- Mileage limits. A typical lease allows you to drive up to 12,000 miles a year. If you drive more than that, you must pay mileage penalties that start at about 15 cents per mile but can be as high as twice that. You can negotiate higher mileage limits if you are willing to pay a higher up-front cost.
- Wear-and-tear limits. You cannot drive a car for three years without having the car undergo at least minor deterioration. But dealers will charge you for some types of damage or for an amount of wear and tear that they deem excessive.
Leasing a car has unique implications for taxes, insurance, fees—which vary from state to state—and other costs.
What Are the Benefits of Leasing a Vehicle?
- Getting a new car. When you lease a car, there’s a good chance that you’ll get a brand-new car with the latest technology and providing top-notch performance, making your driving experience more comfortable and enjoyable.
- Lower monthly lease payments. Leasing a car typically means monthly payments that are lower than the payments on a car loan for the same car. Leasing may thus enable you to drive a car that you could not have afforded otherwise.
- Minimal or no maintenance expenses. Most lease contracts include a warranty that covers most of your repair and maintenance expenses. You normally won’t have to spend a lot of money on repair or maintenance.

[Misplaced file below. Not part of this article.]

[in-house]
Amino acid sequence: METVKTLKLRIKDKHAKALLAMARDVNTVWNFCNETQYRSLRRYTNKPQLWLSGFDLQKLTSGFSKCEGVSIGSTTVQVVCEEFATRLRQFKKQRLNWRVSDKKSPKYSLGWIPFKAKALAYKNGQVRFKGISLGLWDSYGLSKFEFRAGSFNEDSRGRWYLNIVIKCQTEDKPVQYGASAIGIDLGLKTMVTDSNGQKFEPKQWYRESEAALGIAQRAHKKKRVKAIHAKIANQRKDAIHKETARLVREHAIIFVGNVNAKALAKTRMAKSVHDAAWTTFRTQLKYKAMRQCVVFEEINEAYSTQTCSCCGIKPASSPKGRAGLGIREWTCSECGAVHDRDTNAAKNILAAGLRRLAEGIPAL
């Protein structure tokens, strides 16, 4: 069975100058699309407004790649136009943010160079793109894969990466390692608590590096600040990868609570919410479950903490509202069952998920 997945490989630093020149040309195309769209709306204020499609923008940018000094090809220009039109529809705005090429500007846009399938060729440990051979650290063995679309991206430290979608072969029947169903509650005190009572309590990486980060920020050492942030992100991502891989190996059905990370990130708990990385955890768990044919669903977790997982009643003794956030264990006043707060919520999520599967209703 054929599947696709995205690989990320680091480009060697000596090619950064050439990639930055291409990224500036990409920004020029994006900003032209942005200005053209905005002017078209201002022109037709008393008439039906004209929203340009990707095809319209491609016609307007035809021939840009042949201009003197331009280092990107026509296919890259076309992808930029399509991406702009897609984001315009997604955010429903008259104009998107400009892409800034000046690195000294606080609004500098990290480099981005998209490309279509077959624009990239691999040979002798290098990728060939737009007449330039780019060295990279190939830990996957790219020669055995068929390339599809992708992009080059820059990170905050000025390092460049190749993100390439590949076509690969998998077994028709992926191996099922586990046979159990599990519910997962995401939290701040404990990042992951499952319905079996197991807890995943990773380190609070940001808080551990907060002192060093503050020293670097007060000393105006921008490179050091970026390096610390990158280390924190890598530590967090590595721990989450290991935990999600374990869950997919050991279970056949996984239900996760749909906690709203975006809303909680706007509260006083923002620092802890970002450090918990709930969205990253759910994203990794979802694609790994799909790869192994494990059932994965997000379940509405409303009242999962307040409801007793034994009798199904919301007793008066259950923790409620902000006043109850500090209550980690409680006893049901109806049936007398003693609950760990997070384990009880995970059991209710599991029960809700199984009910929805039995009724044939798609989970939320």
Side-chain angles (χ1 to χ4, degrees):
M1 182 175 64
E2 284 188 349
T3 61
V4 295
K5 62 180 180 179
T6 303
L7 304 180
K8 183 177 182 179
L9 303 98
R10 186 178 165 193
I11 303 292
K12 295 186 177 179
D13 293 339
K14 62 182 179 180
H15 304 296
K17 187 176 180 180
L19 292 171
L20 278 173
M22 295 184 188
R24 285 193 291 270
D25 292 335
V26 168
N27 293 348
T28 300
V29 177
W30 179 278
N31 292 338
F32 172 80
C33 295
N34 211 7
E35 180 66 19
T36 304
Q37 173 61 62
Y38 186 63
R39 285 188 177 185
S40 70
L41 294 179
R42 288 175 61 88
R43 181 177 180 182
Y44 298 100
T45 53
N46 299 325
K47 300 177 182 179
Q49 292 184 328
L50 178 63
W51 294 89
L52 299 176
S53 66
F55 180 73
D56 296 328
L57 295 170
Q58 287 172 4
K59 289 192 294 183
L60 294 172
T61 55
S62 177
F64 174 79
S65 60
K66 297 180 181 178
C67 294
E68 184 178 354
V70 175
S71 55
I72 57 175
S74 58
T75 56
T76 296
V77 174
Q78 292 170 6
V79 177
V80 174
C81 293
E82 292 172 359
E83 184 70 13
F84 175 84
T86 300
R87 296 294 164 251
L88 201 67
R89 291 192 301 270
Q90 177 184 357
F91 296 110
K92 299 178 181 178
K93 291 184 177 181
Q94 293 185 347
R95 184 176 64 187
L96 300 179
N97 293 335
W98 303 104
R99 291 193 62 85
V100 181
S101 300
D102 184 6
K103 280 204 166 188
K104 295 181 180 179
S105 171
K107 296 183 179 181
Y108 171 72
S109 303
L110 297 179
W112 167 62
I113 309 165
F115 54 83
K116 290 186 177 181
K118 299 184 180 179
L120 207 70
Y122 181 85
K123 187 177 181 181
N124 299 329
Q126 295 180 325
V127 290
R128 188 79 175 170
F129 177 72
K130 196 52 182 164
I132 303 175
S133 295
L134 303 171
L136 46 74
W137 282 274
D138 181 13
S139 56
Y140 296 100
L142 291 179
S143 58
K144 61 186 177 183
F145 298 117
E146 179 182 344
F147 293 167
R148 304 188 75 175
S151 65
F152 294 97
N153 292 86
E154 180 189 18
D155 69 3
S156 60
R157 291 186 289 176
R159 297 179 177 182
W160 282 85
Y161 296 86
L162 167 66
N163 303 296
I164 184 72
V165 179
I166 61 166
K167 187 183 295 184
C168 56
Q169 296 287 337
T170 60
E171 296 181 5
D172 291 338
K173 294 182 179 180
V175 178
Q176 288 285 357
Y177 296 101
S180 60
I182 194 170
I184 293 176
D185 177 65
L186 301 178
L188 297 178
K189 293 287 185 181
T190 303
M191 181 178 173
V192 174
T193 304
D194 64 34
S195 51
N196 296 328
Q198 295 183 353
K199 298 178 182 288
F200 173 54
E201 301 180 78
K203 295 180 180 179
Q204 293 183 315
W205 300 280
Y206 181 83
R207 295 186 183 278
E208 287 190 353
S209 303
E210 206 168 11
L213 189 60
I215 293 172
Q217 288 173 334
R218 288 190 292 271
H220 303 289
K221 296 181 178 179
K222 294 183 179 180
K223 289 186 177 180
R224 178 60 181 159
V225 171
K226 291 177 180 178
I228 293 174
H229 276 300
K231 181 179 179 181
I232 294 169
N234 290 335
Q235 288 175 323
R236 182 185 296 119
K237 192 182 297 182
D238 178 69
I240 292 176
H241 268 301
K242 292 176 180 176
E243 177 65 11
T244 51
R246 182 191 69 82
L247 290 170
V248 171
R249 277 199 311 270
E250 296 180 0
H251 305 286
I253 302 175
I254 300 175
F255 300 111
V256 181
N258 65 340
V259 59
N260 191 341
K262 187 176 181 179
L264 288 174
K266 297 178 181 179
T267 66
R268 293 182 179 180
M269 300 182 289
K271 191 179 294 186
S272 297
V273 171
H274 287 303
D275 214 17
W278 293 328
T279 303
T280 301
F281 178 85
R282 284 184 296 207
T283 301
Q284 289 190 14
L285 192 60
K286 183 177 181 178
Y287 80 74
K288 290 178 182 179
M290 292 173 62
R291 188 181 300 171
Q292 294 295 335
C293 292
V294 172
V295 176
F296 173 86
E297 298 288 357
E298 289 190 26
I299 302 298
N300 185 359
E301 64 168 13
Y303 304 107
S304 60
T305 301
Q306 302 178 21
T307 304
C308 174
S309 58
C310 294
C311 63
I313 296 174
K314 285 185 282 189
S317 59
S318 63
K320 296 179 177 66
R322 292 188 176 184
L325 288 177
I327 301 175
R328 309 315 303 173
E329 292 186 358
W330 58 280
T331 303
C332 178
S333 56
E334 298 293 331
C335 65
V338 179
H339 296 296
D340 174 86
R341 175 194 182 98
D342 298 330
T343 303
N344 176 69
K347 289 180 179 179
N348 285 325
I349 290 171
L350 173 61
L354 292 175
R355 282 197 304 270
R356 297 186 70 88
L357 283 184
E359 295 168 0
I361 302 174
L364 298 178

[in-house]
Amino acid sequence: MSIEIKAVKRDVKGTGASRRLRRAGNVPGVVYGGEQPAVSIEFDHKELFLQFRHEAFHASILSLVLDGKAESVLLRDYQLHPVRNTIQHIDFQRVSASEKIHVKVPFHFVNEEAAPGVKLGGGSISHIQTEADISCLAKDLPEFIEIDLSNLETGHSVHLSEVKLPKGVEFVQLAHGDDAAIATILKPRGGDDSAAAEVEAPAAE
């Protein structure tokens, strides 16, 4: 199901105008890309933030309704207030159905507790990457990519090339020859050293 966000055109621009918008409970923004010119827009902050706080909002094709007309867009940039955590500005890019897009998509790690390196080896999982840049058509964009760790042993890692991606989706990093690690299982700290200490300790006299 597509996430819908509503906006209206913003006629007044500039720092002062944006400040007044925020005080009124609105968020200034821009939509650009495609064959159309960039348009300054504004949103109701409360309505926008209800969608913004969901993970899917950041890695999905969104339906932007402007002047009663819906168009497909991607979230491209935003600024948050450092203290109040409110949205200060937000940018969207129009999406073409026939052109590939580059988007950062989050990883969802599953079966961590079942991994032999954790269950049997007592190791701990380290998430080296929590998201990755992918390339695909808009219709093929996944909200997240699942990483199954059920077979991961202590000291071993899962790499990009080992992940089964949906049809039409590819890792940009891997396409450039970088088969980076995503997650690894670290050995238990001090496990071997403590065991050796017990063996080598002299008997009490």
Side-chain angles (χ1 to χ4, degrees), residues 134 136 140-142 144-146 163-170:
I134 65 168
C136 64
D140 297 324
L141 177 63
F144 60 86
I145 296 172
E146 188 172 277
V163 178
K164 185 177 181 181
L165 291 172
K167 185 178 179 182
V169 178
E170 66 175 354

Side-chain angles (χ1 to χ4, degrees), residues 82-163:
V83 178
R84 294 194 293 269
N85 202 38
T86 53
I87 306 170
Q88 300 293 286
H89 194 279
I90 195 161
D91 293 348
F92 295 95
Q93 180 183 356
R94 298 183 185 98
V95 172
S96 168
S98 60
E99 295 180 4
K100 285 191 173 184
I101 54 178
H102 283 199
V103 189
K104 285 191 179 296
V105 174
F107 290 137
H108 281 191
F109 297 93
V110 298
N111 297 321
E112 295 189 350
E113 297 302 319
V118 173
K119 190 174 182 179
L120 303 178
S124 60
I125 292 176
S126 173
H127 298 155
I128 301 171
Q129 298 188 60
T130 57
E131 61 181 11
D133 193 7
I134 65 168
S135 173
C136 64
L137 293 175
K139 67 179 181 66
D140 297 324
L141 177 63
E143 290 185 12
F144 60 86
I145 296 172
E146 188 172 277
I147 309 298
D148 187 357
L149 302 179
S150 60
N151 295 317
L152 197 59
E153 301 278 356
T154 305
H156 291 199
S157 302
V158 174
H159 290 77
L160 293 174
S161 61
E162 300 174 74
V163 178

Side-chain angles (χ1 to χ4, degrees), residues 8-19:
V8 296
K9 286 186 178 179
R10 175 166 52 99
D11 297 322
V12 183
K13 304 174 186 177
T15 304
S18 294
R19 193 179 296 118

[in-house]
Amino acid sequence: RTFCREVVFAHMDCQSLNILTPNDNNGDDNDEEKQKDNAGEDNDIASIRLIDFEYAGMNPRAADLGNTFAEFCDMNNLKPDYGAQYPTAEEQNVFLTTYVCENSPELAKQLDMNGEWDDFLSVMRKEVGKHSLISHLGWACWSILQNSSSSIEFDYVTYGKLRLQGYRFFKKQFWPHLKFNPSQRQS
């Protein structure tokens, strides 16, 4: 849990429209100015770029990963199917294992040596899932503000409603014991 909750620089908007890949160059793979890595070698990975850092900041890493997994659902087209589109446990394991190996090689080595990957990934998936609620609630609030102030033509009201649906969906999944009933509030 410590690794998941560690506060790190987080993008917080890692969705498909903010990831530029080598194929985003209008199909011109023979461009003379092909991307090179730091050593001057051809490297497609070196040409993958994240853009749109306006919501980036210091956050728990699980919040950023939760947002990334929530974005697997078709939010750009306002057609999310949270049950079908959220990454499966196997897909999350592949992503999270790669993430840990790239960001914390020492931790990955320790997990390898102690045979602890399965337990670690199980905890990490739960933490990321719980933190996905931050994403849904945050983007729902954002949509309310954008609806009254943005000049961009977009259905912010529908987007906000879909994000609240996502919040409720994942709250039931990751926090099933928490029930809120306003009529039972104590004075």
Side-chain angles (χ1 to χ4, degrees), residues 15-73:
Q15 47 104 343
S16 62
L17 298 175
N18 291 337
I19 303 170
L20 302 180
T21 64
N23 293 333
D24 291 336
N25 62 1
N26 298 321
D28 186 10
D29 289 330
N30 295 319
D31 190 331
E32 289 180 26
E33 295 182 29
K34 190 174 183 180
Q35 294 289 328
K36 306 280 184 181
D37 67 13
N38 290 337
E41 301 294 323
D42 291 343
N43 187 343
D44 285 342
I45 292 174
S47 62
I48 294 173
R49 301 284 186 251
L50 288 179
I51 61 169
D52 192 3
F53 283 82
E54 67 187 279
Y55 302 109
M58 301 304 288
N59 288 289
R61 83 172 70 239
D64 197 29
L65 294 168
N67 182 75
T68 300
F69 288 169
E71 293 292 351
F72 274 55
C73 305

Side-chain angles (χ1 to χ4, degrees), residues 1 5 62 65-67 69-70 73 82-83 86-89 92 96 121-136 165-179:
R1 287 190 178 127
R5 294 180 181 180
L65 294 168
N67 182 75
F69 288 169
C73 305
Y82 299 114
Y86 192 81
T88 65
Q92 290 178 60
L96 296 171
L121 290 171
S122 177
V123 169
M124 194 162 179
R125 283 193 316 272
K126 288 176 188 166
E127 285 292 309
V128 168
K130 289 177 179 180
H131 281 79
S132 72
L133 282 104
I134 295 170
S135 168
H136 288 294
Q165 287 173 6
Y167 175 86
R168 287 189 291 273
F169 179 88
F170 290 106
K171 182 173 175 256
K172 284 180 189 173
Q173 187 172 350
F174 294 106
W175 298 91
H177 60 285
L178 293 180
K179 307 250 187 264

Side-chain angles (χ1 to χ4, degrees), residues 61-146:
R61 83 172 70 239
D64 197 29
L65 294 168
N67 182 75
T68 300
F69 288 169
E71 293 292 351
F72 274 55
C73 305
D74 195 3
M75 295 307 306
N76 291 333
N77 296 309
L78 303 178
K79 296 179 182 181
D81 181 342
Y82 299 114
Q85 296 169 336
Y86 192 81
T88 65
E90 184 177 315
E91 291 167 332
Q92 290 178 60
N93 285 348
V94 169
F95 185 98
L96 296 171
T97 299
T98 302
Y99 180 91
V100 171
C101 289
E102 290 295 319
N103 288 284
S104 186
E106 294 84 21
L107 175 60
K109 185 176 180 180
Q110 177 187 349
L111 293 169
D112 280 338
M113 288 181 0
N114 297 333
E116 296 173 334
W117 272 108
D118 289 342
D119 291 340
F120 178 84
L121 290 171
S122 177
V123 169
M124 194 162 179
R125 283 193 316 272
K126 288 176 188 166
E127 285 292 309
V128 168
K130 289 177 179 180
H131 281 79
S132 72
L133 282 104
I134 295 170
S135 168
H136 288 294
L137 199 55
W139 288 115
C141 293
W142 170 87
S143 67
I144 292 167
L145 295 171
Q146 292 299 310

- Greater flexibility. If you like the idea of driving a new car every few years or you are anticipating a change in lifestyle, a lease provides the flexibility you need.
What Are the Disadvantages of Leasing a Vehicle?
- Greater long-term cost. One downside of leasing a car is that you always have a monthly payment to make. Sure, lease payments are cheaper in the short run, but they’ll add up to more money in the long run. As long as you keep leasing a new set of wheels every few years, the payments never end.
- Mileage limits. A lease agreement limits the number of miles you can drive each year. Most leases quote mileage limits of 12,000 miles to 15,000 miles a year. Exceeding your mileage limit will incur a penalty of 15 cents or more per mile.